The future of a number of other properties around the base area still must be determined, likely through public tax auction, but all the facilities necessary to operate the 900-acre ski and snowboard mountain are in place for this season – and possibly beyond.
“The long-term outlook is very positive, because the owners can be very proactive towards finding developers and investors to help finish our unfinished real estate projects,” GM Brad Larson told local media.
Opening date for 2016-2017 season is set for Dec. 9, and season tickets are on sale at $419 for adults until Nov. 14. In addition, the central Idaho resort has begun holding job fairs for winter employment.
Officials believe that the solidity in ownership will re-establish the Tamarack and its 2,800 feet of vertical as a destination for both regional skiers and riders from Boise, and those from Spokane, Seattle and Portland.
Tamarack was opened in 2004 as a year-round, major destination resort. But plans got waylaid in 2008, when the former owner disappeared and his banker, Credit Suisse, had to assume the assets. The bank was the sole bidder in a bankruptcy auction.
Rendering shows what new three-story lodge will look like. (Schweitzer Mountain Resort)
For the first time, skiers and snowboarders on Schweitzer Mountain will be able to unbuckle and kick back right on the mountain.
The Pacific Ocean warming phenomenon known as El Niño came roaring into the West this winter with great promise of above-average snowfall for all. For some resorts, that was true -- but not for all.
Ari Gutman, a physician from Gladwyne, Pennsylvania, has been named the Ski Ambassador of the Year for the Learn to Ski and Snowboard (Month)/Bring a Friend initiative. Dr. Gutman took his two sons, Jonathan (14) and Matthew (13) to Spring Mountain, Pennsylvania for lessons and entered the Bring a Friend Challenge.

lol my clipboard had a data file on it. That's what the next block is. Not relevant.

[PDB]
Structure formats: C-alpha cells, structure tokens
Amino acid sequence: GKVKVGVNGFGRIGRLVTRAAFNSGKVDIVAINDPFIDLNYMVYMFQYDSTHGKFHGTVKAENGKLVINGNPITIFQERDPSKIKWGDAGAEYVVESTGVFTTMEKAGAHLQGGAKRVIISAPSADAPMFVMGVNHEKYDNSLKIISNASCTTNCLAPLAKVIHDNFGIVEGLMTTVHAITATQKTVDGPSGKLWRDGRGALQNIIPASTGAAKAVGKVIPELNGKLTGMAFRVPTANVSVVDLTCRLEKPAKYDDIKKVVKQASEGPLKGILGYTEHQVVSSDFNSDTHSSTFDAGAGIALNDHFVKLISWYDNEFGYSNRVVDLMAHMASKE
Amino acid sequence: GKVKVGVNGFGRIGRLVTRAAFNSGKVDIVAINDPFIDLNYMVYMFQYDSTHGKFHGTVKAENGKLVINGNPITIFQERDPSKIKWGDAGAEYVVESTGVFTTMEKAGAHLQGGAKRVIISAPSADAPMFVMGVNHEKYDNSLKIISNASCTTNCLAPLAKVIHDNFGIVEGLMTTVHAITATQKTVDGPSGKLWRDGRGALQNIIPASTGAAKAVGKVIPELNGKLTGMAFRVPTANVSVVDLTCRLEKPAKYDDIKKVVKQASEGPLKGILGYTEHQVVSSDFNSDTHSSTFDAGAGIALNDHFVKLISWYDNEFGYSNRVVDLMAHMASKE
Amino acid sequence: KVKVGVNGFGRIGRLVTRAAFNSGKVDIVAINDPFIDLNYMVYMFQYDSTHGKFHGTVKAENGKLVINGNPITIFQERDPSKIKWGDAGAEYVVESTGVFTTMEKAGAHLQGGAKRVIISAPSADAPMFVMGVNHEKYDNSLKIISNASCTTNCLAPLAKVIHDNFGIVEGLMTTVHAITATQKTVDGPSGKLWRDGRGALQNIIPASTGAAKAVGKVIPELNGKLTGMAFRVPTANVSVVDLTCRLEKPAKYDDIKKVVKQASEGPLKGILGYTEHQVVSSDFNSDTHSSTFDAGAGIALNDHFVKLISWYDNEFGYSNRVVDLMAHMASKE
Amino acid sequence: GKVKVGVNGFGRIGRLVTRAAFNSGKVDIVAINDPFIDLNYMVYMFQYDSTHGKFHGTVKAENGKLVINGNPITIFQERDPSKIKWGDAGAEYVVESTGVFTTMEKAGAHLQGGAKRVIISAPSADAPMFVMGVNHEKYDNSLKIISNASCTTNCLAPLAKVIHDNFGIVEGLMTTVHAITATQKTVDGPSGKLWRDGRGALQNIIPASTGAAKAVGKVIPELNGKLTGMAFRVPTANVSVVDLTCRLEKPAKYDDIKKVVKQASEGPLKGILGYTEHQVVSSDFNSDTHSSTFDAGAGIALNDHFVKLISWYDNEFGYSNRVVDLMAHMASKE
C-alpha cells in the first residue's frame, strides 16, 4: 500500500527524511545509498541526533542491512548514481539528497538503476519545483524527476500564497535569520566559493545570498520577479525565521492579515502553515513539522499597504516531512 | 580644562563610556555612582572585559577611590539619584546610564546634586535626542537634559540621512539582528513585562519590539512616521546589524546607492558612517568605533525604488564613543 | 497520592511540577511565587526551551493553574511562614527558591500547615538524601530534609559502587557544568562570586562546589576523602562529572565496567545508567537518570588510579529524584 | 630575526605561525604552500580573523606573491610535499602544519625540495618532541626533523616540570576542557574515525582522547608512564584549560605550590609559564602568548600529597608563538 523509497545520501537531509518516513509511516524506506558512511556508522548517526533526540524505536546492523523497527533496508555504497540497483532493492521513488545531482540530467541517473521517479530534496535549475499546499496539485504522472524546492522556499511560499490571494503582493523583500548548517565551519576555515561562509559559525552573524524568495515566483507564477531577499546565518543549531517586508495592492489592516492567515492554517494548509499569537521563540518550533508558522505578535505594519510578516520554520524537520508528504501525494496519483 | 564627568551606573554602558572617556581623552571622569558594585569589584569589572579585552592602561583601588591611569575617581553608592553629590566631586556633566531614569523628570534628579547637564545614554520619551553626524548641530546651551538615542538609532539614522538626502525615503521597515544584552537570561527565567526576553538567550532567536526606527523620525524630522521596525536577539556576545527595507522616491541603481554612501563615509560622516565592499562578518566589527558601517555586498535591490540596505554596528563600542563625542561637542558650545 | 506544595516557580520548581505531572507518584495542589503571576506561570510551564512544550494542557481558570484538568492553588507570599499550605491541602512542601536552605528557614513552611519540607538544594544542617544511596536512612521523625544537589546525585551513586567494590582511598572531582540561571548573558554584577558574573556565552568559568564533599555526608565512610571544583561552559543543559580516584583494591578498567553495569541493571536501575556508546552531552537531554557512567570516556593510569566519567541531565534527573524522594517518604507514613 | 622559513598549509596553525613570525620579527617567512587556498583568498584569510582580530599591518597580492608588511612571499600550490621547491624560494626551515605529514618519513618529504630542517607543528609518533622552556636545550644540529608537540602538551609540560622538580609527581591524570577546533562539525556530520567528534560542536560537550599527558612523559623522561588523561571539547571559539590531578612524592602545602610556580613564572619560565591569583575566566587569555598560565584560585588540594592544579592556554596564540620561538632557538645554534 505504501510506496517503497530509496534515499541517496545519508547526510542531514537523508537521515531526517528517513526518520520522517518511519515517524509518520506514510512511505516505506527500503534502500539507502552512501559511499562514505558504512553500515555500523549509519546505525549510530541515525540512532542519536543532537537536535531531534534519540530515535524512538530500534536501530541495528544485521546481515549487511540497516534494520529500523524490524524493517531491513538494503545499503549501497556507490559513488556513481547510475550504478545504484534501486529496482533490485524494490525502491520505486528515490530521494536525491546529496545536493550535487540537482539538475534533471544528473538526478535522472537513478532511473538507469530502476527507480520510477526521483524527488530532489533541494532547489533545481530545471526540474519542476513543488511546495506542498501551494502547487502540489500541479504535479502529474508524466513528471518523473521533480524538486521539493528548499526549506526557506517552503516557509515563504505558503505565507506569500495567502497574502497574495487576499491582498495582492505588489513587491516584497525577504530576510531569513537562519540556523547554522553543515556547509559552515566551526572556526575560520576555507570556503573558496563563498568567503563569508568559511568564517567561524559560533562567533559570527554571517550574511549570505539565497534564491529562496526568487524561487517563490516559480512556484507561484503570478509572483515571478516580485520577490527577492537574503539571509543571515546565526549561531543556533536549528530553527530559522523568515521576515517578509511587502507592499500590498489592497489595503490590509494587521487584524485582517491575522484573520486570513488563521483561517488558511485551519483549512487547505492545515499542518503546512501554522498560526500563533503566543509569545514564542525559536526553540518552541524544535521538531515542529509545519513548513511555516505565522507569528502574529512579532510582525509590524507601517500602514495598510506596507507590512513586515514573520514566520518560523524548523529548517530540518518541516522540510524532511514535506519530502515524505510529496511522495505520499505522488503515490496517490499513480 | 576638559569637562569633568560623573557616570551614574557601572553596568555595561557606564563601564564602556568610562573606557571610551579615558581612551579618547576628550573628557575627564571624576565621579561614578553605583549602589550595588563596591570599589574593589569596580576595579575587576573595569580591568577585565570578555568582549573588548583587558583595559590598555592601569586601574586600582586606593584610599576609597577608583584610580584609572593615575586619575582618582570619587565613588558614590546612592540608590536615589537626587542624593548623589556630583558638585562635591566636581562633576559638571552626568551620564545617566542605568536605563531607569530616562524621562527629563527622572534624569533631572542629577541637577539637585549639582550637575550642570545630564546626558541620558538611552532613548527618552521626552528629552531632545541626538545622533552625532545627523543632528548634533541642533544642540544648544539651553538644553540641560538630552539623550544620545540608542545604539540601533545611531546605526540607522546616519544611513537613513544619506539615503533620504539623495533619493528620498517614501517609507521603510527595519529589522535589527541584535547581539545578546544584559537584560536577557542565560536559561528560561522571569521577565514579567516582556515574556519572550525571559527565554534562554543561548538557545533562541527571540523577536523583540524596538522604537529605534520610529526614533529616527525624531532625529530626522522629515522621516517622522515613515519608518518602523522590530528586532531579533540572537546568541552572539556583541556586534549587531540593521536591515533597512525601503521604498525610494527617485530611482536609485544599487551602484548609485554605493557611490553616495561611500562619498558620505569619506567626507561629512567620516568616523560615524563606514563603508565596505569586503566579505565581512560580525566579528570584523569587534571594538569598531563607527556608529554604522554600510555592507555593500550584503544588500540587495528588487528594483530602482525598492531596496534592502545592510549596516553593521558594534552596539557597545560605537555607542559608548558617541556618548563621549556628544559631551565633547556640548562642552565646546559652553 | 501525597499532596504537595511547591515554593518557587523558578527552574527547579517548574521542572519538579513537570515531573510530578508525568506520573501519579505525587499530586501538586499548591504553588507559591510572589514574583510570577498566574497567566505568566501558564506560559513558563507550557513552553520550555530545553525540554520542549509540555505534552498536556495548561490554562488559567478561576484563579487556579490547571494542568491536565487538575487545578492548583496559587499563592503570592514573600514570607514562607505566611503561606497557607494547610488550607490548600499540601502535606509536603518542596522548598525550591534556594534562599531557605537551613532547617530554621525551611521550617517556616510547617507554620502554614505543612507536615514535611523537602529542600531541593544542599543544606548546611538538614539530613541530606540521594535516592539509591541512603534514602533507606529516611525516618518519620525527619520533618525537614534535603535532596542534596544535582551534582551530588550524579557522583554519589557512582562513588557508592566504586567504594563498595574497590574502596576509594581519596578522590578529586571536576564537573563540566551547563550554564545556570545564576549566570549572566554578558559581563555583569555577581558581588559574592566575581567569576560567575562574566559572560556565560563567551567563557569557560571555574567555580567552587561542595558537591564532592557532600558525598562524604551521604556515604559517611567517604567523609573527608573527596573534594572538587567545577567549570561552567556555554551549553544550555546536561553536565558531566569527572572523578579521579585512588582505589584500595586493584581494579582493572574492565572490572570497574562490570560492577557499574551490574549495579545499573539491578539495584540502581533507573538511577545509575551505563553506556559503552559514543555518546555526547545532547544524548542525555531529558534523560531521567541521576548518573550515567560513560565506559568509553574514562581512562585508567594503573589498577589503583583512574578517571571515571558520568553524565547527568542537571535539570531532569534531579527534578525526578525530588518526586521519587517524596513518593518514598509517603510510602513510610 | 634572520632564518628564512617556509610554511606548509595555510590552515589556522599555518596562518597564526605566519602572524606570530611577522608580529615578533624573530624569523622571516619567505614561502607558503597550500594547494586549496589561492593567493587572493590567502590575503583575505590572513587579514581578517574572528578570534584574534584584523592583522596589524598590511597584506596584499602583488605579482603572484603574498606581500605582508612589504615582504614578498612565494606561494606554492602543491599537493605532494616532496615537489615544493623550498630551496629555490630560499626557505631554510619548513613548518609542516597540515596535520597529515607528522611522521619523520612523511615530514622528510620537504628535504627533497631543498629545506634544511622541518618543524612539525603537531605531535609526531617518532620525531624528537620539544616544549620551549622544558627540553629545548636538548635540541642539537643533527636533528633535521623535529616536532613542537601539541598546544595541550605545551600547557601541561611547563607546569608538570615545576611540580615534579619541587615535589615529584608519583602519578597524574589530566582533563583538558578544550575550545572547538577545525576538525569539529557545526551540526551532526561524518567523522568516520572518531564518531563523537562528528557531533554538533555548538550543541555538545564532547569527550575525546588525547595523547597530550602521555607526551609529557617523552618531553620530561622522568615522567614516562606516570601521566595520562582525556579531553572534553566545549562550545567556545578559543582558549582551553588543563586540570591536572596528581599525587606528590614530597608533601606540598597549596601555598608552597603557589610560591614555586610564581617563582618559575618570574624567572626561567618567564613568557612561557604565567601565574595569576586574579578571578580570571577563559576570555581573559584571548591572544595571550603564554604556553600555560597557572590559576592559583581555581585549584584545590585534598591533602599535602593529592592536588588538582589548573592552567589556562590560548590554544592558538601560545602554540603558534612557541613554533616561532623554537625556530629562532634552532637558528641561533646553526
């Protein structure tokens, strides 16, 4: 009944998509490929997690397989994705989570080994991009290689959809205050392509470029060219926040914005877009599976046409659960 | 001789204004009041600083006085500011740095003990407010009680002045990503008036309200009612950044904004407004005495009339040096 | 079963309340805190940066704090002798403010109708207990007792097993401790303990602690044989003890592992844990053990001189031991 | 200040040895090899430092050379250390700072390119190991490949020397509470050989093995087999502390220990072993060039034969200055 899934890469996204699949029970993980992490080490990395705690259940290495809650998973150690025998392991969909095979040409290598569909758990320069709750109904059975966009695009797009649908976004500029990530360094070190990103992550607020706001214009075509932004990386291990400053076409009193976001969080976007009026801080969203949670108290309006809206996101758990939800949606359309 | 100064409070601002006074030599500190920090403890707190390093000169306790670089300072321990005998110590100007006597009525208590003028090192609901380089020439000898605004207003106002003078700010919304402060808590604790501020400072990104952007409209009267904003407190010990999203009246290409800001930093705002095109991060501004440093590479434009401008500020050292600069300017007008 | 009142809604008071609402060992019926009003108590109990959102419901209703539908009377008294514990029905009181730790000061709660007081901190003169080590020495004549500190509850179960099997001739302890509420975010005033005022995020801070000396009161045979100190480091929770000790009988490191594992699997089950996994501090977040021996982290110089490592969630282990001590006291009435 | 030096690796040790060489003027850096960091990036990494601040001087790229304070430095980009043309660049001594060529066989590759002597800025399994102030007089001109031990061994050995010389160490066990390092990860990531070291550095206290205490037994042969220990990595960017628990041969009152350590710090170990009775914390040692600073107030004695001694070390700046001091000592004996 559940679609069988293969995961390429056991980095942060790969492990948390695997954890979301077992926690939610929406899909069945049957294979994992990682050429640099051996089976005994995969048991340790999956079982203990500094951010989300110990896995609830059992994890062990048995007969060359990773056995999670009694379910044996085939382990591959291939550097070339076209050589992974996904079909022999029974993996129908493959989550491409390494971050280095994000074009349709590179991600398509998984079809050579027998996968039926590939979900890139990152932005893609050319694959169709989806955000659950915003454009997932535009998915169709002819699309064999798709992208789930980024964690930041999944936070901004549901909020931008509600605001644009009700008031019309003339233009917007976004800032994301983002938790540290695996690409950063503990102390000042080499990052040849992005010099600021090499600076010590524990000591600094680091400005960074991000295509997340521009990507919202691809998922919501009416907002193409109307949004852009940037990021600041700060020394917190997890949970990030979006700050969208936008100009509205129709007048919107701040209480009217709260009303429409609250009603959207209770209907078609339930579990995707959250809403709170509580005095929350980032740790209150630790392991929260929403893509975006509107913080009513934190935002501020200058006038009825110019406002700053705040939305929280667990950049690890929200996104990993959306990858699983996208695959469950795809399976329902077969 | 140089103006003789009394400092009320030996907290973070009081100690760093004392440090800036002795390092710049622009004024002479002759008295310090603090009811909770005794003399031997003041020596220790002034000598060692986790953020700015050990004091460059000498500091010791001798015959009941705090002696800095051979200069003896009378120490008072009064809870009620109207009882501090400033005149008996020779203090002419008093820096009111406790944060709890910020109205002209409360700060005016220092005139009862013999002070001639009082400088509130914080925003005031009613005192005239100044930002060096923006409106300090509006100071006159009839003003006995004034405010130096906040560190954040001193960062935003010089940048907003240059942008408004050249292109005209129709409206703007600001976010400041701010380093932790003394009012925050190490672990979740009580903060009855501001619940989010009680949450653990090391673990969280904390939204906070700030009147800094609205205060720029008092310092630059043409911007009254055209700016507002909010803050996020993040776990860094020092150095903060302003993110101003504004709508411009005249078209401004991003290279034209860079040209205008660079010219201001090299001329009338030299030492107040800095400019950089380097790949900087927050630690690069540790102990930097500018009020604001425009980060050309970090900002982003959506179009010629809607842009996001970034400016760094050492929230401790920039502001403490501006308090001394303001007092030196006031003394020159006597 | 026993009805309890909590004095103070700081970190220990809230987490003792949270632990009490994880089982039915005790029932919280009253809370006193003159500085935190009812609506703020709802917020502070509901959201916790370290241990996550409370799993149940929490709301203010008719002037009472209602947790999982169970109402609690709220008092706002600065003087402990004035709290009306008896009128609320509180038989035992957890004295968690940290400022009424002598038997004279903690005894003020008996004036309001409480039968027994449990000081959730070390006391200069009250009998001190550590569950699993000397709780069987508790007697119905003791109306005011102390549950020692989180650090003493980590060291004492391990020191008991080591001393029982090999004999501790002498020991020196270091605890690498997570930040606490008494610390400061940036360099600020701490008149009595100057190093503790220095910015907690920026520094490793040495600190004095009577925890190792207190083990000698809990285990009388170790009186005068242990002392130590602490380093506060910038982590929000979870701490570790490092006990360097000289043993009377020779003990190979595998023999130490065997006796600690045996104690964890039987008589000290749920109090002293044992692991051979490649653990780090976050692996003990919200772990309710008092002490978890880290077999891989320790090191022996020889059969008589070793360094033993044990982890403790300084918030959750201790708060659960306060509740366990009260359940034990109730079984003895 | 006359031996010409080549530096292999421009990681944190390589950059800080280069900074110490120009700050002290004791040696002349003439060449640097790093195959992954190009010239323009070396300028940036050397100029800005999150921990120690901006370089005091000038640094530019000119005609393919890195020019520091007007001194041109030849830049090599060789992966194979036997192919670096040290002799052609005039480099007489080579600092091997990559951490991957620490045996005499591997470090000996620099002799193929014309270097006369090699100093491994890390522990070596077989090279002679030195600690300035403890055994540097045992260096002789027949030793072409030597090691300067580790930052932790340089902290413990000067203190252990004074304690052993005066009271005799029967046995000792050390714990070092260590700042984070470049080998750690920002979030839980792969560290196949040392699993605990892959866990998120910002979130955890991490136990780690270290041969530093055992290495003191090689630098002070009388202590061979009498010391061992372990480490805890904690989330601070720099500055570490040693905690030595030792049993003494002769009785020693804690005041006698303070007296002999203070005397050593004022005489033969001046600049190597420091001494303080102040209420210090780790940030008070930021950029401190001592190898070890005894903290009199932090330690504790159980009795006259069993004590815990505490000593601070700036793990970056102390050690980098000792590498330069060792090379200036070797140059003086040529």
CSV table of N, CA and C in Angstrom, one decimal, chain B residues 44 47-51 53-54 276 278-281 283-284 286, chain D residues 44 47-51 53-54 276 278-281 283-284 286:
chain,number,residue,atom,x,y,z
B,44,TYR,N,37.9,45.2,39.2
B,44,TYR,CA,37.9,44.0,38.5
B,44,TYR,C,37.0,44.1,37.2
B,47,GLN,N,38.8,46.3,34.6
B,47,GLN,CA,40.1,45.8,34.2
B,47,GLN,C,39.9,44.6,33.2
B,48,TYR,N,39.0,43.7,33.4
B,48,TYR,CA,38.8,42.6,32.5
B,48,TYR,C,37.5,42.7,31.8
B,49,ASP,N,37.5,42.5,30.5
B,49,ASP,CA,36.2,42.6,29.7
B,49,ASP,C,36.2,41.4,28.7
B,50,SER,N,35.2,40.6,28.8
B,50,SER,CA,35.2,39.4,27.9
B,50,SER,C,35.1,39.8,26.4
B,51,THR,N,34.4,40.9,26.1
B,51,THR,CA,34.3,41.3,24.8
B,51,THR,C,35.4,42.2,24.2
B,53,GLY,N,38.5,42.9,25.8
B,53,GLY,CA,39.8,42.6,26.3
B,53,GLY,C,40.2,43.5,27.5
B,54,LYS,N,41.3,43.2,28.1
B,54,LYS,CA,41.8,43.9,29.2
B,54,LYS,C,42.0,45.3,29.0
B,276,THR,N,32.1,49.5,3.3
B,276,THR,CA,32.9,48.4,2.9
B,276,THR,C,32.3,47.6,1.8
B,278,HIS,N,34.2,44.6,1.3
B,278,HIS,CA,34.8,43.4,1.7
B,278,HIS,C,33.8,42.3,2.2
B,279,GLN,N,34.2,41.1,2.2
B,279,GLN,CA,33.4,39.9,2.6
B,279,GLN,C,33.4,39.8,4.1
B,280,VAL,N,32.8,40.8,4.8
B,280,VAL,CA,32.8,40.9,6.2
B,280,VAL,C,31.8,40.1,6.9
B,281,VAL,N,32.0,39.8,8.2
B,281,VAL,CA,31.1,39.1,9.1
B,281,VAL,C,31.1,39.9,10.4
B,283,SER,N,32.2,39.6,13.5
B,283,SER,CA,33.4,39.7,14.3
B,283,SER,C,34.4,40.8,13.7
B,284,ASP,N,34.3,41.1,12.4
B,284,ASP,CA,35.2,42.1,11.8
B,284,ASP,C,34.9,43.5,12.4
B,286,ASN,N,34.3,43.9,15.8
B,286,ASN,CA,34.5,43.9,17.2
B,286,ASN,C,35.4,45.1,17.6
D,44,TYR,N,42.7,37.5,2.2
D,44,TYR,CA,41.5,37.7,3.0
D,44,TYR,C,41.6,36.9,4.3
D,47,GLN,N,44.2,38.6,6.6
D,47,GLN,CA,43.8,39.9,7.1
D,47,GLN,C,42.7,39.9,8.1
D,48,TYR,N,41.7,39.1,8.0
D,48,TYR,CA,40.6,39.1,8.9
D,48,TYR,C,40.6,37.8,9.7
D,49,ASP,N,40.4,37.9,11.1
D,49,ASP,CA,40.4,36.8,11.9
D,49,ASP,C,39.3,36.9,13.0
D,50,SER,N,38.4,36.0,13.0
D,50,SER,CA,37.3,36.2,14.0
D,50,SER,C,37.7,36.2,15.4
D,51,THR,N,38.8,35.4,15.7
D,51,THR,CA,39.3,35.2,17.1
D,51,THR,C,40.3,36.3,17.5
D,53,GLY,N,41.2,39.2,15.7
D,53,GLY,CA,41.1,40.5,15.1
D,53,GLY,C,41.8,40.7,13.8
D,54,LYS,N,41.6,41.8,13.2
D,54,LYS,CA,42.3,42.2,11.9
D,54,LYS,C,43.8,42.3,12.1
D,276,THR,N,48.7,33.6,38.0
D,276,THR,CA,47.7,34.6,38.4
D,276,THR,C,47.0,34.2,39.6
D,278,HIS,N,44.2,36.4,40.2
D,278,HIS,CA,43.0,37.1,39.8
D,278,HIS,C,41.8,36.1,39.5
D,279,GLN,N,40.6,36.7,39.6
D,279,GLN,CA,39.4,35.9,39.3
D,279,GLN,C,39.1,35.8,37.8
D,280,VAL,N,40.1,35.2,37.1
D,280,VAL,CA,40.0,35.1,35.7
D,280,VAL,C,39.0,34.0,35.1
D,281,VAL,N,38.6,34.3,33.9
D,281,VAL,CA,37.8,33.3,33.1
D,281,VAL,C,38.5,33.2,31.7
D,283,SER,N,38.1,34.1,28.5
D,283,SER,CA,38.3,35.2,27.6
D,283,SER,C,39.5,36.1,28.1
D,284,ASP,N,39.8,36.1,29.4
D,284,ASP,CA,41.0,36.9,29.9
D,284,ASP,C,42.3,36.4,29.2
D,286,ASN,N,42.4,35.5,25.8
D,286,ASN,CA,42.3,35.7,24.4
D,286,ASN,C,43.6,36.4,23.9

In the final day of action at the Nature Valley U.S. Alpine Championships in front of a big crowd of ski racing fans at Sun Valley, Idaho, Mikaela Shiffrin (Eagle-Vail, CO – U.S. Ski Team) wrapped up the season with her second national title in giant slalom Sunday.
The new owners of Soldier Mountain have had a nice first year at the central Idaho day-trip mountain – and now local charities will join in the good fortune.
Sales for next year’s season passes are beginning earlier and earlier, with competition slicing prices to the bone. But one Idaho resort has decided that enough is enough.
Snow storms both big and small have been rolling into the mountains of Idaho since Thanksgiving, giving skiers and snowboarders what they want for the holidays and beyond – and erasing memories of a couple of lean years on the slopes.
On any given day at winter resorts in the West, dozens of people on skis, snowshoes or foot can be seen heading out of the base area to get in a run within resort boundaries without riding the lift.
Ski and snowboard resorts all over Idaho have lifted the ropes on the 2015-2016 season as timely snow and low temps have produced solid bases at most of the state’s 17 mountains.